Something fishy at mine

YEARS of drunken fishermen repeatedly trespassing on a salt mine at Port Alma has forced Queensland's biggest salt producing company to call in police to deal with the rebel anglers.

But, according to Morning Bulletin columnist Scott Lynch, the fishermen may simply be searching for an elusive, possibly mythical, giant fish.

A Cheetham Salt employee, who works at the Bajool salt mine, said fishermen and their families had been trespassing on Cheetham land for more than 25 years.

The man, who would not be named in public, said the trespassing fishermen often got drunk, leaving beer and rum cans strewn across the company's land.

He was not only worried about the effect of over-fishing the company's ponds, which could affect the salt production process, but also for the safety of the anglers at the salt mine site.

"For years we've had people breaking in, bolt-cutting locks on gates to gain access, and boating up the creek to land to fish in the creek and in the ponds," he said.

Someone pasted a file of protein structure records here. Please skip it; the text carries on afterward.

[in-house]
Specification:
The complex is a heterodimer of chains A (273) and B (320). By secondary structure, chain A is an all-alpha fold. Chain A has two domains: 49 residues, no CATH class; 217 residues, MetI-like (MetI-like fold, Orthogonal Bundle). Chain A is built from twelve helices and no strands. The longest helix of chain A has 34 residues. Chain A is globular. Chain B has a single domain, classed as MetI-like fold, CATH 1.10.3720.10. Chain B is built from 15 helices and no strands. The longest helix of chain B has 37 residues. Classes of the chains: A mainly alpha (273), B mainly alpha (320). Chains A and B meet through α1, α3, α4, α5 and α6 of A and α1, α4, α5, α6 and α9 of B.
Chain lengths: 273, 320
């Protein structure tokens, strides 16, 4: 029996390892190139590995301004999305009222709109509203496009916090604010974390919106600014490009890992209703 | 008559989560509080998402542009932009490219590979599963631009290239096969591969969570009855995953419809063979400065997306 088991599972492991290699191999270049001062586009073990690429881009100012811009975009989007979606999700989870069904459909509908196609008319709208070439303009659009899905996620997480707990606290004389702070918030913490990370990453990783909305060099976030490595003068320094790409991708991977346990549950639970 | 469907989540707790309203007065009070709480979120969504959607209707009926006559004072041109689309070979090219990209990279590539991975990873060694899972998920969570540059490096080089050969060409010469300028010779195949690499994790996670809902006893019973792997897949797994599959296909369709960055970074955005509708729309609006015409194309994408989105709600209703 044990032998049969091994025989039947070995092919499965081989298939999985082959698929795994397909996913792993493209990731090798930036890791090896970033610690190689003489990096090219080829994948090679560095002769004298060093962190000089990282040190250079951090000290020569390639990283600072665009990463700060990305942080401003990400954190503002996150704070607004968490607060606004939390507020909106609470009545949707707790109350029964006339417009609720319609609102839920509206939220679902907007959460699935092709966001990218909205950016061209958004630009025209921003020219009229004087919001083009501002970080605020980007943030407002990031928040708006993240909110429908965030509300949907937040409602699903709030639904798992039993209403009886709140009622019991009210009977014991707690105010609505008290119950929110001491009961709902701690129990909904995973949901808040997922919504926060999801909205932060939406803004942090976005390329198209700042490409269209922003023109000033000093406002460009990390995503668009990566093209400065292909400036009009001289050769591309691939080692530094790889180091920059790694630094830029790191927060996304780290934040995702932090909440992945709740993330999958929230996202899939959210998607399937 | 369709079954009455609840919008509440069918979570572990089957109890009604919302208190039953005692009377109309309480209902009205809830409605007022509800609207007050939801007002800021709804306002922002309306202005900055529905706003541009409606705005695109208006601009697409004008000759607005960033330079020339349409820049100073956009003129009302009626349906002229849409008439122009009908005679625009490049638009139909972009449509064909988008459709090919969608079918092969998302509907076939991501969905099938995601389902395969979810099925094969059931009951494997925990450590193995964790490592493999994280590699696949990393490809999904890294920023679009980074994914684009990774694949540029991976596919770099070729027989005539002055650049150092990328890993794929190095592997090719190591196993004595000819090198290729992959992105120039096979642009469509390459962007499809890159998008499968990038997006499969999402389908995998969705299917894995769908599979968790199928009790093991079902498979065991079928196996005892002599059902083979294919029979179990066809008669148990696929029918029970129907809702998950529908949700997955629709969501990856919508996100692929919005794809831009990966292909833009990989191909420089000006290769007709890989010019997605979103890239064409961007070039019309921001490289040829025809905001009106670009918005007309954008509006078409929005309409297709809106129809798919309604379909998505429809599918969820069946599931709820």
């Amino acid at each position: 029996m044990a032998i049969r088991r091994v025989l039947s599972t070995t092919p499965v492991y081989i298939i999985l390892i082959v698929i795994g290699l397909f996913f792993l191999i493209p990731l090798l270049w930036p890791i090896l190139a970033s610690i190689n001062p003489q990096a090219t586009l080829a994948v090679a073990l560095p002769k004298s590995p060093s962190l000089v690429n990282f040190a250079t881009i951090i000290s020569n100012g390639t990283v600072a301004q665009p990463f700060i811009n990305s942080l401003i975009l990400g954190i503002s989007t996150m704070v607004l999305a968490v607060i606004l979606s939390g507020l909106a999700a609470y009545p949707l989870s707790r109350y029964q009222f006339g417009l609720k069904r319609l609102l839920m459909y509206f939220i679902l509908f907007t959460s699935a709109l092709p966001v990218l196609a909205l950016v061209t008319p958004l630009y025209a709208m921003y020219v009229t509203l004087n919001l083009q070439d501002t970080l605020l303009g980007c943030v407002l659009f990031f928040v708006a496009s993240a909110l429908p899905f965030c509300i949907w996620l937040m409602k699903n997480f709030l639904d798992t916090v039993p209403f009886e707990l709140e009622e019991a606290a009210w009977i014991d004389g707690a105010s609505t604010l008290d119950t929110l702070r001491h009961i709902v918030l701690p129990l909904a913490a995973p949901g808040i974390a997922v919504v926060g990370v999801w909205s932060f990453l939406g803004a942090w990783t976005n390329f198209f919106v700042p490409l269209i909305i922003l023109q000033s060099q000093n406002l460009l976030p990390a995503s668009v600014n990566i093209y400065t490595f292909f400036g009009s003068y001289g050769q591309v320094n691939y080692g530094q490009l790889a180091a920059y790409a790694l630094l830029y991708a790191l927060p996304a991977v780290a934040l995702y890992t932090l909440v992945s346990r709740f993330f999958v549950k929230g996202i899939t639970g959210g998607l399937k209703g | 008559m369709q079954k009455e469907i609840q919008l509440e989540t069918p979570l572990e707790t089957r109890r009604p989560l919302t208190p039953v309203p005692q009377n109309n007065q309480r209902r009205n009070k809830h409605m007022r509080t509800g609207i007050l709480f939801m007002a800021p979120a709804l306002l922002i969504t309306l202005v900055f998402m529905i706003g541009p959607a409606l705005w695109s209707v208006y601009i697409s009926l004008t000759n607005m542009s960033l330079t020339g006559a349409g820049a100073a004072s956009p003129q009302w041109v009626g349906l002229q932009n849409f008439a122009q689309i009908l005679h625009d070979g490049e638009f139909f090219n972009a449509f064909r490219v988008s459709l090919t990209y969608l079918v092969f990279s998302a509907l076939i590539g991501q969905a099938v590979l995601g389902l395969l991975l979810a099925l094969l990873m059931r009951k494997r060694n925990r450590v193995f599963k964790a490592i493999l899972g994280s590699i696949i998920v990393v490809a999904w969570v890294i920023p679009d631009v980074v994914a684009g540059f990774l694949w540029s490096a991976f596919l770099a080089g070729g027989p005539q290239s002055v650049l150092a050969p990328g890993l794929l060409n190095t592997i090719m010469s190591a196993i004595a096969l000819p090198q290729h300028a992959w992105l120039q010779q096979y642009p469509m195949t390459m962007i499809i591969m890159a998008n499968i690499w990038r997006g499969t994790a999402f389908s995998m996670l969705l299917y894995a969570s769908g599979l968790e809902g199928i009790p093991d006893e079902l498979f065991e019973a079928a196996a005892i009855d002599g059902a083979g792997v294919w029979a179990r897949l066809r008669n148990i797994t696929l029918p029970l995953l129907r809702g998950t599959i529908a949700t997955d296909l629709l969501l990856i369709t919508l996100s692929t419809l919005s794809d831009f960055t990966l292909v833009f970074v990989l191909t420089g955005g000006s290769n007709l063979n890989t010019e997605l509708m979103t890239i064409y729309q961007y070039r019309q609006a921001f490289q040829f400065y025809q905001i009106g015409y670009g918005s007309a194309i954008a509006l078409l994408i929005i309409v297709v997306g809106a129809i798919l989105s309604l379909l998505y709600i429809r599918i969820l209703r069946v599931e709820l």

"About three or four weeks ago I followed a trail of beer cans to find two men completely rotten drunk, no shirts or shoes on, fishing on our land."

The company placed a public notice in this newspaper on Thursday, which said all previous permission to fish at the pond or on company land was now revoked, and warning that anyone caught trespassing on the land would be dealt with through the legal system.

"We placed the notice after talking to the police that to deal with these guys, we have to first put out a public notice that trespassers will be dealt with," the staffer said.

"We've got signs up all over the place, but they don't really take any notice. If nothing else, we are running a salt mine here and this could pose serious safety risks to the fishermen - it's just gotten to the point that we're over it."

The staffer said he understood local professional fisherman had also begun a turf war over who had the right to fish in the area.

"I've never been on their land, but you do hear things that there is this huge fish in the ponds there, you hear about people coming back from there that have caught massive barramundi and other fish," Mr Lynch said.

"In the creeks nearby, I've definitely seen two professional fishermen raiding each other's crab pots.

"It could be a bit of an urban myth, but certainly, I've always known it was private property, and I think that's pretty clear."

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